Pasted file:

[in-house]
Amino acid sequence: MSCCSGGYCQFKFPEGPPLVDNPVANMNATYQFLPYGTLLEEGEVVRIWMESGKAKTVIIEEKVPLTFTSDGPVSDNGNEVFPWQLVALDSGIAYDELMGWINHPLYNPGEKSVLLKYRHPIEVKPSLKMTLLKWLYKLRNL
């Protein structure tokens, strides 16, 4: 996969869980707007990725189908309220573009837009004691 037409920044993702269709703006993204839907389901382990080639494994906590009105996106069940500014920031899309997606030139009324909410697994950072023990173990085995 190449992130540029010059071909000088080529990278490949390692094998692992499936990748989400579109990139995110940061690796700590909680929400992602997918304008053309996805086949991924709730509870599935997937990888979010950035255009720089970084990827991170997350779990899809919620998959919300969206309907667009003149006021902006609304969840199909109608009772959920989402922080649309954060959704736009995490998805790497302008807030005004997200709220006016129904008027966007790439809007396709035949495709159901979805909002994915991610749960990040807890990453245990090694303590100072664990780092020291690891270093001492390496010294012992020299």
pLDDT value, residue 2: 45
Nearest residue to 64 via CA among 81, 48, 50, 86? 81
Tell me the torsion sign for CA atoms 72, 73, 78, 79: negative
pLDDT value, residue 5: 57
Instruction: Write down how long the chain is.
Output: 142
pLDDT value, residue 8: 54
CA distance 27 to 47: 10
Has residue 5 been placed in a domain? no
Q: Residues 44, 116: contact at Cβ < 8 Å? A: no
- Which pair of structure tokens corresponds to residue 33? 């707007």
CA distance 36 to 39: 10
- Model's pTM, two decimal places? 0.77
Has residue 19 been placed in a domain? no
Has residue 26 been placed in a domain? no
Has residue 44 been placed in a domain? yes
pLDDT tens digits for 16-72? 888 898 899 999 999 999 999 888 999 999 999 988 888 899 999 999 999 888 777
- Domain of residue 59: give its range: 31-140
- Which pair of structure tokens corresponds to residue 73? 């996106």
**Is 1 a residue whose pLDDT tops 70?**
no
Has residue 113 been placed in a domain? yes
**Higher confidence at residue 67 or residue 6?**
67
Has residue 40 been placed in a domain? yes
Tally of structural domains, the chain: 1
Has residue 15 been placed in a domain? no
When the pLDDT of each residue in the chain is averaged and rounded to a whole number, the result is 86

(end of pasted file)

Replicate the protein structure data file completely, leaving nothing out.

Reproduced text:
[in-house]
Amino acid sequence: MSCCSGGYCQFKFPEGPPLVDNPVANMNATYQFLPYGTLLEEGEVVRIWMESGKAKTVIIEEKVPLTFTSDGPVSDNGNEVFPWQLVALDSGIAYDELMGWINHPLYNPGEKSVLLKYRHPIEVKPSLKMTLLKWLYKLRNL
């Protein structure tokens, strides 16, 4: 996969869980707007990725189908309220573009837009004691 037409920044993702269709703006993204839907389901382990080639494994906590009105996106069940500014920031899309997606030139009324909410697994950072023990173990085995 190449992130540029010059071909000088080529990278490949390692094998692992499936990748989400579109990139995110940061690796700590909680929400992602997918304008053309996805086949991924709730509870599935997937990888979010950035255009720089970084990827991170997350779990899809919620998959919300969206309907667009003149006021902006609304969840199909109608009772959920989402922080649309954060959704736009995490998805790497302008807030005004997200709220006016129904008027966007790439809007396709035949495709159901979805909002994915991610749960990040807890990453245990090694303590100072664990780092020291690891270093001492390496010294012992020299």
pLDDT value, residue 2: 45
Nearest residue to 64 via CA among 81, 48, 50, 86? 81
Tell me the torsion sign for CA atoms 72, 73, 78, 79: negative
pLDDT value, residue 5: 57
Instruction: Write down how long the chain is.
Output: 142
pLDDT value, residue 8: 54
CA distance 27 to 47: 10
Has residue 5 been placed in a domain? no
Q: Residues 44, 116: contact at Cβ < 8 Å? A: no
- Which pair of structure tokens corresponds to residue 33? 């707007």
CA distance 36 to 39: 10
- Model's pTM, two decimal places? 0.77
Has residue 19 been placed in a domain? no
Has residue 26 been placed in a domain? no
Has residue 44 been placed in a domain? yes
pLDDT tens digits for 16-72? 888 898 899 999 999 999 999 888 999 999 999 988 888 899 999 999 999 888 777
- Domain of residue 59: give its range: 31-140
- Which pair of structure tokens corresponds to residue 73? 């996106």
**Is 1 a residue whose pLDDT tops 70?**
no
Has residue 113 been placed in a domain? yes
**Higher confidence at residue 67 or residue 6?**
67
Has residue 40 been placed in a domain? yes
Tally of structural domains, the chain: 1
Has residue 15 been placed in a domain? no
When the pLDDT of each residue in the chain is averaged and rounded to a whole number, the result is 86